Which should really make his send-off from the franchise which made his name, no matter how much it owed to contemporaries such as Ringu, something special rather than a joke whose retelling was wearing thin. There are still those who saw this at an impressionable age who will tell you it was as strong an entry in the series as one of the purely Japanese originals, but the truth was Shimizu was running out of ideas, as no matter how often the contemplation the curse could conceivably spread throughout the world like a virus, the possibility of the films doing the same was subject to the law of diminishing returns. Which boiled down to, been there, done that, seen it all before.

With an international cast as the previous film had enjoyed, geographically things moved further afield to take in locations in the United States as the various plot strands are intertwined. This left The Grudge 2 resembling one of those British Amicus horror anthologies of the sixties and seventies except with the themed stories more carefully integrated together: the motif of the ruined house remained, but aside from that the connection between the characters did not tie up until the end, which saw them meet their respective fates thanks to the apparitions of the murdered woman Kayako (Takako Fuji) and her son Toshio, usually involving some kind of long, black hair and a noise that sounds like someone with bronchitis trying to speak.

Sarah Michelle Gellar returned from before for one sequence where her estranged sister Aubrey (Amber Tamblyn) journeyed to Tokyo to meet her in hospital after the events of the last movie (so maybe you really needed to see that before embarking on this, though perhaps it was not crucial). She meets a sticky end, leaving Aubrey to pick up the baton of investigating the curse, which is a curse in itself as the more you tried to find out about it, the more you were trapped in its web; indeed, just bumping into someone who was afflicted seemed to do the trick. Filling out the cast were disgraced Hong Kong star Edison Chen as Aubrey's confidante, and Jennifer Beals as a mother who starts feeling the dubious effects of living next door to a bunch of accursed souls, among other up and coming starlets for whom appearing in a horror movie was a rites of passage. The main drawback was that very little moved on to any significant degree, with both eyes on the potential of making money out of fresh instalments, so this was strictly for fans. Music by Christopher Young.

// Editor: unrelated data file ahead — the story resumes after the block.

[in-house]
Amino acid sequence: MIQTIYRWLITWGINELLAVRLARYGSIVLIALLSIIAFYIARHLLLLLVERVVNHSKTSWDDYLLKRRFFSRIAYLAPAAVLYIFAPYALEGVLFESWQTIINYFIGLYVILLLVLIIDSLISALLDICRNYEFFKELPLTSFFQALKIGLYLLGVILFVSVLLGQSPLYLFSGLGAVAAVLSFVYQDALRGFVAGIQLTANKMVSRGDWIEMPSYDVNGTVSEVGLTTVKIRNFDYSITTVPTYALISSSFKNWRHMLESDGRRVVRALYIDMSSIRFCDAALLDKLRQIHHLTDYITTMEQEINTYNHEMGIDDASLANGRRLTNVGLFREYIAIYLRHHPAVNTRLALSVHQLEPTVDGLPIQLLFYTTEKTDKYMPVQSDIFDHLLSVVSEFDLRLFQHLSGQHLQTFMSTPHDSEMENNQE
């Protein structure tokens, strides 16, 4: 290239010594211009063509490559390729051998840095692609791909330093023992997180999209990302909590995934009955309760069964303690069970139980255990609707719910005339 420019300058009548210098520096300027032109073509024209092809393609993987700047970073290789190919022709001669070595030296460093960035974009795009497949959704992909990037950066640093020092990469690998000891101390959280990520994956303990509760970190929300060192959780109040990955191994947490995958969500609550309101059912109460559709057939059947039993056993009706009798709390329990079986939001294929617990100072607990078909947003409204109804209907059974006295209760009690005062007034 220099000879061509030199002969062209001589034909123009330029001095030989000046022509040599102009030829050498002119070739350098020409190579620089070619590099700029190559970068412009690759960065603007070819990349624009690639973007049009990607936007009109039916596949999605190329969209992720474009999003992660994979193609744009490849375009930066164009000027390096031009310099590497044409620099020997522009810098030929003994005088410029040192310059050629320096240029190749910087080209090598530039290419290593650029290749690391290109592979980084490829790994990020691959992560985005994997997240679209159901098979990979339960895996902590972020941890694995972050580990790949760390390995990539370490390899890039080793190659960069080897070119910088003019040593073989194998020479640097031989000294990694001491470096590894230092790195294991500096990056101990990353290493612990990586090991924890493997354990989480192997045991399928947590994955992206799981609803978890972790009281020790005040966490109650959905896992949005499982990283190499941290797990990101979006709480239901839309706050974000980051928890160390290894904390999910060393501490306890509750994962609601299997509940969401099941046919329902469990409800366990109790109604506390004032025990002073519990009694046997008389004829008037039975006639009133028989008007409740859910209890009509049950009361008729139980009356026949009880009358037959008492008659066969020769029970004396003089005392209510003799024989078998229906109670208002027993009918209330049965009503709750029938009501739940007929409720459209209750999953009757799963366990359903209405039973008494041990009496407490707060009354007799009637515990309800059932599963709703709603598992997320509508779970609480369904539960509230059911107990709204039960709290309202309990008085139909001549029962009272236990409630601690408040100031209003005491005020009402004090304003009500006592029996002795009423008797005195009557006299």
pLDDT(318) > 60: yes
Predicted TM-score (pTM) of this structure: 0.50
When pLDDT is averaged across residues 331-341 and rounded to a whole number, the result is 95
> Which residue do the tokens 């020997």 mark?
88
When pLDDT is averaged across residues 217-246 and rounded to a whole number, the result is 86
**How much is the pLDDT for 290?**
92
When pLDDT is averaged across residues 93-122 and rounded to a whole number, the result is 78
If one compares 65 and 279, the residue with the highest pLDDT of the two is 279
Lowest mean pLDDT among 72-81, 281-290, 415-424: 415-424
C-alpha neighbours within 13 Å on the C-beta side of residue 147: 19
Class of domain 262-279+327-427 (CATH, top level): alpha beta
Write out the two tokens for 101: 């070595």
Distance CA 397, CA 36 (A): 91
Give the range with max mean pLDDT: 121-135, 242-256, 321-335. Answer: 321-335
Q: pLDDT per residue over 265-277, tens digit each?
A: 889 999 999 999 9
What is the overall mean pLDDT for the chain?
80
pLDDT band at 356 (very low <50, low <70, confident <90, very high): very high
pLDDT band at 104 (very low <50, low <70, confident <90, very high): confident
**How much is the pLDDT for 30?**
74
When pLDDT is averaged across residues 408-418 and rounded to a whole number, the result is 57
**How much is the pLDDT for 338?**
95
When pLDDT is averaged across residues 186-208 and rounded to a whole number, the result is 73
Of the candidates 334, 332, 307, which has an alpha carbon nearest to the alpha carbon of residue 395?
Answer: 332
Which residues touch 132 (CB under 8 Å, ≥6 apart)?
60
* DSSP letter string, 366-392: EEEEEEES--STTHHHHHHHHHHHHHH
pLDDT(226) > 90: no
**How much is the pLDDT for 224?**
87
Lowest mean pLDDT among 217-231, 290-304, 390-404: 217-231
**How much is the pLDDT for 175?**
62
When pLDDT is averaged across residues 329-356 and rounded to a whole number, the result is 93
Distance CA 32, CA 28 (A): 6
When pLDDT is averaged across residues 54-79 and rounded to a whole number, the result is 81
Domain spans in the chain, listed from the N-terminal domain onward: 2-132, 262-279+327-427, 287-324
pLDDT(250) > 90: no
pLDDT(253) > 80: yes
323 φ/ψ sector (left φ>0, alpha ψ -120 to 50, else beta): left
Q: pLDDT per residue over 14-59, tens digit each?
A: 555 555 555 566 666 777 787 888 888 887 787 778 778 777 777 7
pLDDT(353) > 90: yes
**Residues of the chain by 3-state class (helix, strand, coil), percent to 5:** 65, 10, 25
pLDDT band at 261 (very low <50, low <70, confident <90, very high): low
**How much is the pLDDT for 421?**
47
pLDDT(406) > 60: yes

Reviewer: Graeme Clark

 

This review has been viewed 2284 time(s).

As a member you could Rate this film

 

Takashi Shimizu  (1972 - )

Japanese writer/director and the man behind the hugely successful Ju-on films. Ju-on and Ju-on 2 were made for TV, while 2003's Ju-on: The Grudge was a bigger budget feature film, which Shimizu sequalised the same year. In 2004 directed a Hollywood version of the story, as the Sam Raimi-produced The Grudge, which he followed with The Grudge 2 before finally opting for alternative tales.

 
Review Comments (0)


Untitled 1

Login
  Username:
 
  Password:
 
   
 
Forgotten your details? Enter email address in Username box and click Reminder. Your details will be emailed to you.
   

Latest Poll
Which star probably has psychic powers?
Laurence Fishburne
Nicolas Cage
Anya Taylor-Joy
Patrick Stewart
Sissy Spacek
Michelle Yeoh
Aubrey Plaza
Tom Cruise
Beatrice Dalle
Michael Ironside
   
 
   

Recent Visitors
Darren Jones
Andrew Pragasam
Graeme Clark
Enoch Sneed
Mary Sibley
  Desbris M
  Sheila Reeves
Paul Smith
   

 

Last Updated: